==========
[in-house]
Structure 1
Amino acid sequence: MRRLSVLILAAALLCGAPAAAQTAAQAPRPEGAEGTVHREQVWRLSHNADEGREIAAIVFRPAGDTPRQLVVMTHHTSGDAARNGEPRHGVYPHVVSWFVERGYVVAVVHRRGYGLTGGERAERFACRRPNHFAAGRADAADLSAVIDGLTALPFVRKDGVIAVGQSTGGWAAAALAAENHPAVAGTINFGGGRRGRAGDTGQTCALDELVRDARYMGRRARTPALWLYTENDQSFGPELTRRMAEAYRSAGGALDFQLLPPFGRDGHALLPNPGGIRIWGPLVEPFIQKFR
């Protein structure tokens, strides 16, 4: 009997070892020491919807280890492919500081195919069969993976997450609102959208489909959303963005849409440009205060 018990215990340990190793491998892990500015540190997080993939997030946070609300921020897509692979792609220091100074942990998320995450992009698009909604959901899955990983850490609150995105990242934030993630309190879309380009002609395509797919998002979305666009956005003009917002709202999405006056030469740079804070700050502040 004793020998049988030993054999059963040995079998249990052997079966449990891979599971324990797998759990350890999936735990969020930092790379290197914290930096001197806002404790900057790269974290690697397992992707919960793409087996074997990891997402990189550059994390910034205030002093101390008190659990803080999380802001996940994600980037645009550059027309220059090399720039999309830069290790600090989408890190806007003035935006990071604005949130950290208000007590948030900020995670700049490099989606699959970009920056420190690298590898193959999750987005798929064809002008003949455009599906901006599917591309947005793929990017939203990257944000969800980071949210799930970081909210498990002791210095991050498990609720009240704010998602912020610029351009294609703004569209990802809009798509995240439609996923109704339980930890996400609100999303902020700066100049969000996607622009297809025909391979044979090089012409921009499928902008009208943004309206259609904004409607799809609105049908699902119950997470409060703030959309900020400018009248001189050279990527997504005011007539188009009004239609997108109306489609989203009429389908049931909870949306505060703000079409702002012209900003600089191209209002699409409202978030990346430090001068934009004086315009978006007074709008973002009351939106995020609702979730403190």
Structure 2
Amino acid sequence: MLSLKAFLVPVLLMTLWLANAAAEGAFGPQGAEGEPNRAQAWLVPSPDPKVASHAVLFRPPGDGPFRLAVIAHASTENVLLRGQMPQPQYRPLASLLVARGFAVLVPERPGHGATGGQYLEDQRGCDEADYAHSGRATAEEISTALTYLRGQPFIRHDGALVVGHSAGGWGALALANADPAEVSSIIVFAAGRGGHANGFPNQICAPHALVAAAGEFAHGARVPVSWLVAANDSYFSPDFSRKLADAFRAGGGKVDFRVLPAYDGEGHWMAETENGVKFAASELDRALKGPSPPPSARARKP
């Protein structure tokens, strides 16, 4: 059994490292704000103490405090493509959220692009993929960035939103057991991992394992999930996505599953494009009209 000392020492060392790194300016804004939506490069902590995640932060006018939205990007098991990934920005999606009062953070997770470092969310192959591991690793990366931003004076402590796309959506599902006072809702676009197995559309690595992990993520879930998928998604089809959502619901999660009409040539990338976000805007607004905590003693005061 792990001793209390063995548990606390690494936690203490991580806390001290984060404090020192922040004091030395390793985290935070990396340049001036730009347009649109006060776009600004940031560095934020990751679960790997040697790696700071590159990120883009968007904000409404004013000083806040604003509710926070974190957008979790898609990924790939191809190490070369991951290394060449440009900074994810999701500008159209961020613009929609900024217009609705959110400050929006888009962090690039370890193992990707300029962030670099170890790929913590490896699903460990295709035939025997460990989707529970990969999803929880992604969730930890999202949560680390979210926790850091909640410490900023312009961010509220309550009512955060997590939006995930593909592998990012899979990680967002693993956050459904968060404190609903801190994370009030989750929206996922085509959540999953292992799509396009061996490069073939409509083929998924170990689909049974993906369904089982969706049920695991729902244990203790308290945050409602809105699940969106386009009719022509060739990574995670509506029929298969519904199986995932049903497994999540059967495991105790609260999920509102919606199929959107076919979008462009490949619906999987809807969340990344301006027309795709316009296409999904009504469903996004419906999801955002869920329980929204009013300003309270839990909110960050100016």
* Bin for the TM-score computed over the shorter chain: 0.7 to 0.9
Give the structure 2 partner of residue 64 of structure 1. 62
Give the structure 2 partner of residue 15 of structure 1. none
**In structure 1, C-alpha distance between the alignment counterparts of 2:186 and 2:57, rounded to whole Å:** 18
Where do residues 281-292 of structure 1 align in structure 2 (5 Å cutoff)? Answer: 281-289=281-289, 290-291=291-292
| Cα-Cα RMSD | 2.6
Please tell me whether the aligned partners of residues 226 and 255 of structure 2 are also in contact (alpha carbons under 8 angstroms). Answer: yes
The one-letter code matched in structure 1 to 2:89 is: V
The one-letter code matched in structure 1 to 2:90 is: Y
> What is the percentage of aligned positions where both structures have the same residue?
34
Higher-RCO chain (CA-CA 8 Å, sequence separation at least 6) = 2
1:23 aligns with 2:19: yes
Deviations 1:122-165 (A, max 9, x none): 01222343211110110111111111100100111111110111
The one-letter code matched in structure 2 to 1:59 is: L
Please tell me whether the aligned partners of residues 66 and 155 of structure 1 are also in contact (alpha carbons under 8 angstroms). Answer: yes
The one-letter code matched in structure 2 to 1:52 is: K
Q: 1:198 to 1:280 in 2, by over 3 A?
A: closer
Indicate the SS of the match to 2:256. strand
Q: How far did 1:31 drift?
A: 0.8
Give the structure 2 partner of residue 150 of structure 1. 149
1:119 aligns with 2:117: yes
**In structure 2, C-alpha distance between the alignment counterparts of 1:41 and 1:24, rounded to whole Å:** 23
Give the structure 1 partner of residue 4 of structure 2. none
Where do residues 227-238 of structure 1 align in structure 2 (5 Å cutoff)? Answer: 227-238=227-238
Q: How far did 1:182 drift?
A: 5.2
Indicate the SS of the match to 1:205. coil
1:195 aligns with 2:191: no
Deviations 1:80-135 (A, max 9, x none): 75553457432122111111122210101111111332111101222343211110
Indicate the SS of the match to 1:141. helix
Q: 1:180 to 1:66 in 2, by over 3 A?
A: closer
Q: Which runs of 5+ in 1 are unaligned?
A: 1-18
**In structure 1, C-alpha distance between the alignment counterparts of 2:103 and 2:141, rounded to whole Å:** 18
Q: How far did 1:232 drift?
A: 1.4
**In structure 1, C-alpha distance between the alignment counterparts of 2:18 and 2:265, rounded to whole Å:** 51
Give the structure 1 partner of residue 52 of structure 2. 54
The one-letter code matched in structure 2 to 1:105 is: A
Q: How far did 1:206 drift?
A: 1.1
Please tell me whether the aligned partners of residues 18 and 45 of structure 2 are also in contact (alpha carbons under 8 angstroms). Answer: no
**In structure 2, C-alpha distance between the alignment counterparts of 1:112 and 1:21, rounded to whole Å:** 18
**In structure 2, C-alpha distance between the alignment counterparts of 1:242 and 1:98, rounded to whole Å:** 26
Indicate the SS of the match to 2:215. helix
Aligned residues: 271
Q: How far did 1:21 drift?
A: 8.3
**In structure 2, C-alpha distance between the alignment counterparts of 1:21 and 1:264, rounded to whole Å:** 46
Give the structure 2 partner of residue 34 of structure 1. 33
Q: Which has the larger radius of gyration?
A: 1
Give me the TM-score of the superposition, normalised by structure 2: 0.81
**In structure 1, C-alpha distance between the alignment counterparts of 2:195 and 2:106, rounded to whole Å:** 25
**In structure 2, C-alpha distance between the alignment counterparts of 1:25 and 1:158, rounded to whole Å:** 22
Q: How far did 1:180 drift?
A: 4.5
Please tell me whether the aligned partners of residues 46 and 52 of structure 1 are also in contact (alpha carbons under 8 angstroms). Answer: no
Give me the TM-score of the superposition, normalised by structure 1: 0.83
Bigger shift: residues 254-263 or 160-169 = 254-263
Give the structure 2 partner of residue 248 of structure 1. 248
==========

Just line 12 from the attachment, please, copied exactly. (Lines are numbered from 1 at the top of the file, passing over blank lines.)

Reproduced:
Where do residues 281-292 of structure 1 align in structure 2 (5 Å cutoff)? Answer: 281-289=281-289, 290-291=291-292